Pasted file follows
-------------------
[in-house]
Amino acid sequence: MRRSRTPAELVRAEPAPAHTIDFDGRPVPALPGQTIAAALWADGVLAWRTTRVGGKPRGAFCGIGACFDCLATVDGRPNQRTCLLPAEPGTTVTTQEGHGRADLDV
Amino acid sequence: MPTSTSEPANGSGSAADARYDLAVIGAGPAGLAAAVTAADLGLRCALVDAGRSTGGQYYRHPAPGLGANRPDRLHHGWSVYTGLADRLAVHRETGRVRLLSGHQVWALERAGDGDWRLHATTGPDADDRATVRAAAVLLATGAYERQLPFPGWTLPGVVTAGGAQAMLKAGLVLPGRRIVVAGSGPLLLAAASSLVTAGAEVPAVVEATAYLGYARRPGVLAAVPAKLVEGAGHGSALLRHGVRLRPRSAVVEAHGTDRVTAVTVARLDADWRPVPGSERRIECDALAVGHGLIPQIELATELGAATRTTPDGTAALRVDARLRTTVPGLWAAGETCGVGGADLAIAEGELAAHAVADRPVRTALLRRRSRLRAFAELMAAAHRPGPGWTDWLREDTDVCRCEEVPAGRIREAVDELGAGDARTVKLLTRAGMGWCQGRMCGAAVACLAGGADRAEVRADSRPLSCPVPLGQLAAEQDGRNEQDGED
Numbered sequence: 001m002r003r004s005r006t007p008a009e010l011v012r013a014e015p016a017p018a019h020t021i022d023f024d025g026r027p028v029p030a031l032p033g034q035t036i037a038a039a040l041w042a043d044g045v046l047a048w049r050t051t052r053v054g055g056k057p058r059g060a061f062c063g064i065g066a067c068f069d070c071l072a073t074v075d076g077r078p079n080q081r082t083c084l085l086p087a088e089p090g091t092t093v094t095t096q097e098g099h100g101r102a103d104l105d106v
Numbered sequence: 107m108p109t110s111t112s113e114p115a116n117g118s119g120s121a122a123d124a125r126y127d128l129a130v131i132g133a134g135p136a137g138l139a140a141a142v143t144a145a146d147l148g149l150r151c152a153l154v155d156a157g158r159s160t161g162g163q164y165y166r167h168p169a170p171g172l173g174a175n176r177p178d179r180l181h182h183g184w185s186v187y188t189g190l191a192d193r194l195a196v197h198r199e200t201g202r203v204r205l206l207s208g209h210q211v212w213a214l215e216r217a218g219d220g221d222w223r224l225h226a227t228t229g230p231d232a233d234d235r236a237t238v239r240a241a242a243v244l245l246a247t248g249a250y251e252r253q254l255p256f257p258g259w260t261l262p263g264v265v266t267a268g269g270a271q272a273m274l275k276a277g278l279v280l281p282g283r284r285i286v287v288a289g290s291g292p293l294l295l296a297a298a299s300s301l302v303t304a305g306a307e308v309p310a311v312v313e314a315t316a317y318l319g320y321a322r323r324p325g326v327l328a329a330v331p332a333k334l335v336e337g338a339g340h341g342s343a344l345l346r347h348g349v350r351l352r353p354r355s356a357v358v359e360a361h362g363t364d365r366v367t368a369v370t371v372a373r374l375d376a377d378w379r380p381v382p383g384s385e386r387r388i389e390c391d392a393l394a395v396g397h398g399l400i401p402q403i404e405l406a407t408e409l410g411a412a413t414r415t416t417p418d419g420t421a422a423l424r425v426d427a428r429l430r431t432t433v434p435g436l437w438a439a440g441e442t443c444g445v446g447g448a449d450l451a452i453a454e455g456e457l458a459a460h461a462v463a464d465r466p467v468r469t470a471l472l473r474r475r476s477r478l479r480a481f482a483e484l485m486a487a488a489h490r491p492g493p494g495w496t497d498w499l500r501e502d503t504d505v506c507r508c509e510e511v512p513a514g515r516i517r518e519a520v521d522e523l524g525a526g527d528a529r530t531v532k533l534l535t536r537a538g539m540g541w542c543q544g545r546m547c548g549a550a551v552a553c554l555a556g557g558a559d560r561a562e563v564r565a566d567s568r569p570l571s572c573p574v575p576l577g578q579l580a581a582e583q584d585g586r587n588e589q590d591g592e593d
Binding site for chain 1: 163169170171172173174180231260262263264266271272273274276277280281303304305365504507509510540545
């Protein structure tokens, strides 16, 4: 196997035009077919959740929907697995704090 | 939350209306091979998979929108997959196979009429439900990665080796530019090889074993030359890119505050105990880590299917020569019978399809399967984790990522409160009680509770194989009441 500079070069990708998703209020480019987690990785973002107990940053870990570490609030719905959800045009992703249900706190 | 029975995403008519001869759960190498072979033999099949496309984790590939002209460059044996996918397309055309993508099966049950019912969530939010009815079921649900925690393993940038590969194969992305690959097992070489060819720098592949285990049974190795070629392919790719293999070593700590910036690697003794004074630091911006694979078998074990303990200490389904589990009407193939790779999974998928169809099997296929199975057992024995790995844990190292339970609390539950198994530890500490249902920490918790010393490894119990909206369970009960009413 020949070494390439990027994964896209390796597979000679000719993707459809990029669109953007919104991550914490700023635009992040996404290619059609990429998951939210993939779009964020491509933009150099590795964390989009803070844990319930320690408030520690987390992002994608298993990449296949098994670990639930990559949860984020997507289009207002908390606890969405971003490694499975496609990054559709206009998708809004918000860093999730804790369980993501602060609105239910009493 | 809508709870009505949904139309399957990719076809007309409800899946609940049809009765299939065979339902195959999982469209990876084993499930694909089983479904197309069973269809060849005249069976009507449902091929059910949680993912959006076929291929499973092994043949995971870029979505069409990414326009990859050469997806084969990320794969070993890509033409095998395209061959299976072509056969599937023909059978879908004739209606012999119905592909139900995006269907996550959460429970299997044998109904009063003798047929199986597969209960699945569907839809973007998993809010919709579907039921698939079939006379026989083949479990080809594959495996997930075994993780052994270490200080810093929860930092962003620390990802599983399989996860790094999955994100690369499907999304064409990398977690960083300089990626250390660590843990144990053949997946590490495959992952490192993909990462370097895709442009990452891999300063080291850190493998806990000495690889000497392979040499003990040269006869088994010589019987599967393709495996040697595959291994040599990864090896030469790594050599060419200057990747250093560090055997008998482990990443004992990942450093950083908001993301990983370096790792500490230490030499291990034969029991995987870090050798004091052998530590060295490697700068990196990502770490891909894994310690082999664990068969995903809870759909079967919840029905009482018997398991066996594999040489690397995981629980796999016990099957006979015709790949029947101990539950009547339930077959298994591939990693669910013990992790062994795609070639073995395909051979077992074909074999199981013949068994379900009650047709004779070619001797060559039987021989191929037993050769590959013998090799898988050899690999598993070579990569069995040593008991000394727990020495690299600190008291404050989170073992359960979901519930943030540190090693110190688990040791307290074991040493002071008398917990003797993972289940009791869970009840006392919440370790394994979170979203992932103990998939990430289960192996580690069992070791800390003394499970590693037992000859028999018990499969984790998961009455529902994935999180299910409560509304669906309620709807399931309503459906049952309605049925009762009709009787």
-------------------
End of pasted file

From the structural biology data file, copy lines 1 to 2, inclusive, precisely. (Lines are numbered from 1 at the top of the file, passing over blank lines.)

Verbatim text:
[in-house]
Amino acid sequence: MRRSRTPAELVRAEPAPAHTIDFDGRPVPALPGQTIAAALWADGVLAWRTTRVGGKPRGAFCGIGACFDCLATVDGRPNQRTCLLPAEPGTTVTTQEGHGRADLDV